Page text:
Once you create your page and post a few items, you’ll want to start attracting friends, customers, and fans so they can learn about what you have to offer. If you’re a contractor or have a storefront, you’ll want to target existing and potential customers in your geographic location.

Stay tuned for next week’s blog post, which is all about finding friends and fans!

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Getting Started with Social Media

Some of you are already using social media, while others of you are wondering where to even begin. Facebook? Twitter? YouTube? All of the above? To get your feet wet without feeling like you’re drowning in a sea of social media confusion, I’d recommend that you start with Facebook because it’s free, easy to use, and growing in popularity.

Over 500 million people have a Facebook account, so you should have no trouble finding customers that want to interact with you on your Facebook page.

Facebook allows you to talk about what you’re doing, answer customer questions, post photos and videos of your work, post links to your website, and more. What you put into it determines what you get out of it, so be sure to put some thought into your Facebook page as opposed to approaching it haphazardly.

For those of you that are a wee bit skittish when it comes to the internet, I’ve created a series of step-by-step screenshots to help you set up your Facebook account. One thing to keep in mind is that Facebook offers a few different types of pages:

  • Profile Page – Typically, this is the first page you will create on Facebook. It’s your personal page, so you should use your actual name (for example, John Smith or Sally White) for this page. This is the page you’ll use to connect with your family and friends … remember … this page is personal.
  • Fan Page – If you have a business, and most of you do if you’re reading this blog, you’ll create a fan page using your company name (for example, our fan page is Aquascape, Inc). This is the place on Facebook where you’ll interact with your customers. You can certainly interact with customers on your Profile Page too, but typically you’ll want to save that for the business Fan Page.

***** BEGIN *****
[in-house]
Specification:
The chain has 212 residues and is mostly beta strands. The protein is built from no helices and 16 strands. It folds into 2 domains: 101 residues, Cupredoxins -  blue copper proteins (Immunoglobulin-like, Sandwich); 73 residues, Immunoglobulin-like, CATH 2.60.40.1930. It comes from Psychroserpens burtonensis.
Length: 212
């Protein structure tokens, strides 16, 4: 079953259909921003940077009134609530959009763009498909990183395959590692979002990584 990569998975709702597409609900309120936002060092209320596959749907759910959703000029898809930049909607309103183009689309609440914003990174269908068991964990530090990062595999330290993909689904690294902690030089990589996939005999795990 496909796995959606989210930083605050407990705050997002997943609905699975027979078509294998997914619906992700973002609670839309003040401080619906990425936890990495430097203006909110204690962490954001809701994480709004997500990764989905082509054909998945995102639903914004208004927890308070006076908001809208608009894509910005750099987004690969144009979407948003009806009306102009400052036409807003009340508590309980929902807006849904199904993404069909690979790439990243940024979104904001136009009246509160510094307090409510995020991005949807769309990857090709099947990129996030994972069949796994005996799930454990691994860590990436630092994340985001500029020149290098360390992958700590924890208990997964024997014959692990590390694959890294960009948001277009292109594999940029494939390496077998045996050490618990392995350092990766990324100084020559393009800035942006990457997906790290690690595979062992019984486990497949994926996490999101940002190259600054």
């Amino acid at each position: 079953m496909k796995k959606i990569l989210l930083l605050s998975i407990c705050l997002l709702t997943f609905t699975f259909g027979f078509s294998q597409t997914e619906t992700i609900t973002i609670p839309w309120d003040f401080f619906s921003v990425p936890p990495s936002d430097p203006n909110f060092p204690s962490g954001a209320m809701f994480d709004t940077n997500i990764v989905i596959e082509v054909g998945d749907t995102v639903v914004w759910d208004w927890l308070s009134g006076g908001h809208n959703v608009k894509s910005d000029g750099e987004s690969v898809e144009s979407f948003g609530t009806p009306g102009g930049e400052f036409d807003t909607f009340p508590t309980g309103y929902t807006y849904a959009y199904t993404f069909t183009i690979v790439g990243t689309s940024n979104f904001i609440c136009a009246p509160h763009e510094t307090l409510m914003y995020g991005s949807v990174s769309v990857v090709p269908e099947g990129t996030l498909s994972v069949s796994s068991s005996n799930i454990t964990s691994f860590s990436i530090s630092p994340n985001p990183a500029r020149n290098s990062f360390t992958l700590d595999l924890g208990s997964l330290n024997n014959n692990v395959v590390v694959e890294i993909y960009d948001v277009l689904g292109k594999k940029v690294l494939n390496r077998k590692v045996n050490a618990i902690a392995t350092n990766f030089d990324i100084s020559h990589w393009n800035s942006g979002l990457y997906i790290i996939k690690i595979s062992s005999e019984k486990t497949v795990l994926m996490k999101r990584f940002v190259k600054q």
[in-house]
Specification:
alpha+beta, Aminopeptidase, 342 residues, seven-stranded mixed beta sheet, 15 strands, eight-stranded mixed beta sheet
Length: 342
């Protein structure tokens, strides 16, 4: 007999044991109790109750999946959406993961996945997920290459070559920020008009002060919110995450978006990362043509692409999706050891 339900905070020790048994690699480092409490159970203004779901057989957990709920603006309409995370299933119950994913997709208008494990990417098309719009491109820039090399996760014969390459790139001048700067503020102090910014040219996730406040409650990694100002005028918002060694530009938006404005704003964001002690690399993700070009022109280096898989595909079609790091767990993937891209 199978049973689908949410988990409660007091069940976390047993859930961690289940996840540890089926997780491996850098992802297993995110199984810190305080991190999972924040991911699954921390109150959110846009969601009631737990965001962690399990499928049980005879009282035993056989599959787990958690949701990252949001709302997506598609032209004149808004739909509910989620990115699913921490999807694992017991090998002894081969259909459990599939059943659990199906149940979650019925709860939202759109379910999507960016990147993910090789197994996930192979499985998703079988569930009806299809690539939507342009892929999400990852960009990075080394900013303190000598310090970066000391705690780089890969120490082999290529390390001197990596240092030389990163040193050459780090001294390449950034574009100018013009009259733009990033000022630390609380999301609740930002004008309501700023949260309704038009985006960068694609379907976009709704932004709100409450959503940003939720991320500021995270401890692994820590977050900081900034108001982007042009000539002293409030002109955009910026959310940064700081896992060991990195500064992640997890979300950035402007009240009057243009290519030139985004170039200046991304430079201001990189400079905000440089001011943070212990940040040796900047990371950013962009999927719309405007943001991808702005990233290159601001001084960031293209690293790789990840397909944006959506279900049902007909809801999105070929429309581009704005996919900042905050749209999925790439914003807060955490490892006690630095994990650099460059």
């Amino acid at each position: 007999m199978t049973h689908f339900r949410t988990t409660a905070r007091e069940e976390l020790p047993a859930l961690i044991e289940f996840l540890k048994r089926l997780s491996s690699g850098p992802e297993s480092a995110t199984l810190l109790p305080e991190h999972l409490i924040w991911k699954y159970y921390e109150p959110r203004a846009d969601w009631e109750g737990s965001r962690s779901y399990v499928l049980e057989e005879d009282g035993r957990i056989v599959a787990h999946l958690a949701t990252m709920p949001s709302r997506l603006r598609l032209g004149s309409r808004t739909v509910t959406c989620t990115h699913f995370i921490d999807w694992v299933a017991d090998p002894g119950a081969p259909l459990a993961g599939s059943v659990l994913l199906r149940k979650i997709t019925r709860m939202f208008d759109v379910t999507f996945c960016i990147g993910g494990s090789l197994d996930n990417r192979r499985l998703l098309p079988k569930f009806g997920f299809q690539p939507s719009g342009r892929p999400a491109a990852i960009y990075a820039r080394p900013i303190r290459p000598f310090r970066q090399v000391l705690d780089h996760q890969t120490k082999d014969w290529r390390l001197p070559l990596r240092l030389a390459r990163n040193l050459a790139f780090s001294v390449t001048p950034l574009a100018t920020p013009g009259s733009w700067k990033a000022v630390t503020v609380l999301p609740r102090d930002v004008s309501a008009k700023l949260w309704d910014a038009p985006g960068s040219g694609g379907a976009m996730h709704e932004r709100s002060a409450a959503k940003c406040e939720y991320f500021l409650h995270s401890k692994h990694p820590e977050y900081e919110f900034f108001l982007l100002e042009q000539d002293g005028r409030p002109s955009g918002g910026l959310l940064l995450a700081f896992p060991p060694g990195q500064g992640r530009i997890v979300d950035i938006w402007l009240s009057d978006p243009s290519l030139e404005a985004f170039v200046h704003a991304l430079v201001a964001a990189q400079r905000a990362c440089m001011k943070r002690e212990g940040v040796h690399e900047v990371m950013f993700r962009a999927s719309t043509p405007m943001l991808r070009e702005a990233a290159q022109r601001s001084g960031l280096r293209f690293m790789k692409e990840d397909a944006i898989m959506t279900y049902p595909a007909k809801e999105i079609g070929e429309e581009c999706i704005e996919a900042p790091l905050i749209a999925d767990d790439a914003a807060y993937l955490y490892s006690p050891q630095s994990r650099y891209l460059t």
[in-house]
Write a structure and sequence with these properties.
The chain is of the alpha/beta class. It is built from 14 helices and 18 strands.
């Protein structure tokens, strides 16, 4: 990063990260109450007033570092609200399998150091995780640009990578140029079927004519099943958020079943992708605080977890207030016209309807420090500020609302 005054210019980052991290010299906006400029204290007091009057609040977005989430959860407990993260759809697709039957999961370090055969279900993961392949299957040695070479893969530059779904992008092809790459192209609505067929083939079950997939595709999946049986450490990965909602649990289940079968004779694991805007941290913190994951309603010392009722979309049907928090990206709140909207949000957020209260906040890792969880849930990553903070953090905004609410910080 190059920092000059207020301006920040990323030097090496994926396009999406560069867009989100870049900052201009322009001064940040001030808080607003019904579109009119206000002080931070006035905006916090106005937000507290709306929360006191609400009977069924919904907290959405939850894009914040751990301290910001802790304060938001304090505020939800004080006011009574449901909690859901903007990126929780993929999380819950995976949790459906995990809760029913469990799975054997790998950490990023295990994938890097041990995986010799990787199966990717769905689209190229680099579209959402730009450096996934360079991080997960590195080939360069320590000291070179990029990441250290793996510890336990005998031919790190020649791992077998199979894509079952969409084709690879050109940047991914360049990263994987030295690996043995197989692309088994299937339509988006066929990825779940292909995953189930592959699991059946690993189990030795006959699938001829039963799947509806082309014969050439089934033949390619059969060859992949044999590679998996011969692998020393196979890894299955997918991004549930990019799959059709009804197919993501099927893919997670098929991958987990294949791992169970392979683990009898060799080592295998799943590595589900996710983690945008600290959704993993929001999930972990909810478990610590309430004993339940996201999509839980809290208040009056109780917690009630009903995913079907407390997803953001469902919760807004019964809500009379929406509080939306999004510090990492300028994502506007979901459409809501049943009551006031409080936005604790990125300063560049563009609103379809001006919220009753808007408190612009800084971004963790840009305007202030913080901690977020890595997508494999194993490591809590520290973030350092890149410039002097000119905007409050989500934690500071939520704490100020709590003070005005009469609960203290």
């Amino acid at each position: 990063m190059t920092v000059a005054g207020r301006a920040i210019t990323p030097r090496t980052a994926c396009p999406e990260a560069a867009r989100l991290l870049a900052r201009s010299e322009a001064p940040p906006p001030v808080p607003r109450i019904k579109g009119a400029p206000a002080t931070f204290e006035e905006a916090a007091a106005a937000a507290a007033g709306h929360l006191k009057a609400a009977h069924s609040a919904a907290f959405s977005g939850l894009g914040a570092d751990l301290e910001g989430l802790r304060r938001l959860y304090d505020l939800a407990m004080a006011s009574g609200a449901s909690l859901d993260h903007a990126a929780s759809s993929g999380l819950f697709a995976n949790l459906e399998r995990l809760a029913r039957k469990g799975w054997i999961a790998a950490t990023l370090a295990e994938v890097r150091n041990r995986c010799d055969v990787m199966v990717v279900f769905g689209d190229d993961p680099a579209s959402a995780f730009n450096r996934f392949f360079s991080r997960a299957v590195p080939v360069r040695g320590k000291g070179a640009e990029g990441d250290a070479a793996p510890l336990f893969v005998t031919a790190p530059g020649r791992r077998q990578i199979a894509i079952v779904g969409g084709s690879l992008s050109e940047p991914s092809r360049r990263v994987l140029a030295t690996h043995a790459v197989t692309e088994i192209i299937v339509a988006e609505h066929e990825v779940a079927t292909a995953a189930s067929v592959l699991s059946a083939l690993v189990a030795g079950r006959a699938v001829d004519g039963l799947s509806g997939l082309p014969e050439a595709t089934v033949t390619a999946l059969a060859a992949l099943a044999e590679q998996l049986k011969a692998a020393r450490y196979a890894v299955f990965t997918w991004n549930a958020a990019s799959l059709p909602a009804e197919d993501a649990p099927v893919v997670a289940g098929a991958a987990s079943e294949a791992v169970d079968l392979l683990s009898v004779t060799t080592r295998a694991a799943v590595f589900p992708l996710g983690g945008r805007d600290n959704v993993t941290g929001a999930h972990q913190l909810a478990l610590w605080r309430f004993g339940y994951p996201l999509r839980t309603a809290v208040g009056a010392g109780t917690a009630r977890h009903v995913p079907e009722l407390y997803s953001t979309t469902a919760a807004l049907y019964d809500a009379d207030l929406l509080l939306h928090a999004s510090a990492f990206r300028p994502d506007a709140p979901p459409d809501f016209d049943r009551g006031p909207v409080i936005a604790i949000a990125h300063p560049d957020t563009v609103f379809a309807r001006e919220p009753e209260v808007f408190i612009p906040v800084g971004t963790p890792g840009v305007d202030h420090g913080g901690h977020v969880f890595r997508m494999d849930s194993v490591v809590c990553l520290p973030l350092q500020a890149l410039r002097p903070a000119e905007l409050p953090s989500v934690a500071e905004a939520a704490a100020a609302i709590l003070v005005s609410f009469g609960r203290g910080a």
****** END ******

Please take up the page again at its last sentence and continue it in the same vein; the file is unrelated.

• Other page types include Groups and Communities, but we’ll save these for another discussion.

A business Fan Page is tied to an individual account, or Profile Page. So when you log into your account (John Smith or Sally White), you’ll be able to post information on your Fan Page under your company name … there is no need to log in separately to access your business Fan Page.

When you create your business Fan Page, you’ll want to be sure to include information about your company, such as address, phone number, web address, business email address, hours of operation, services offered, etc. You can do all this when you edit your profile at the very beginning stage of setting up the Fan Page. Don’t worry if you forget something … you can always go back and add new information.

So if you aren’t on Facebook yet and want to get started, log onto www.facebook.com. And remember, if you need help, be sure to check out the step-by-step instructions I’ve created, or simply post a question to this blog entry (in the comments section below).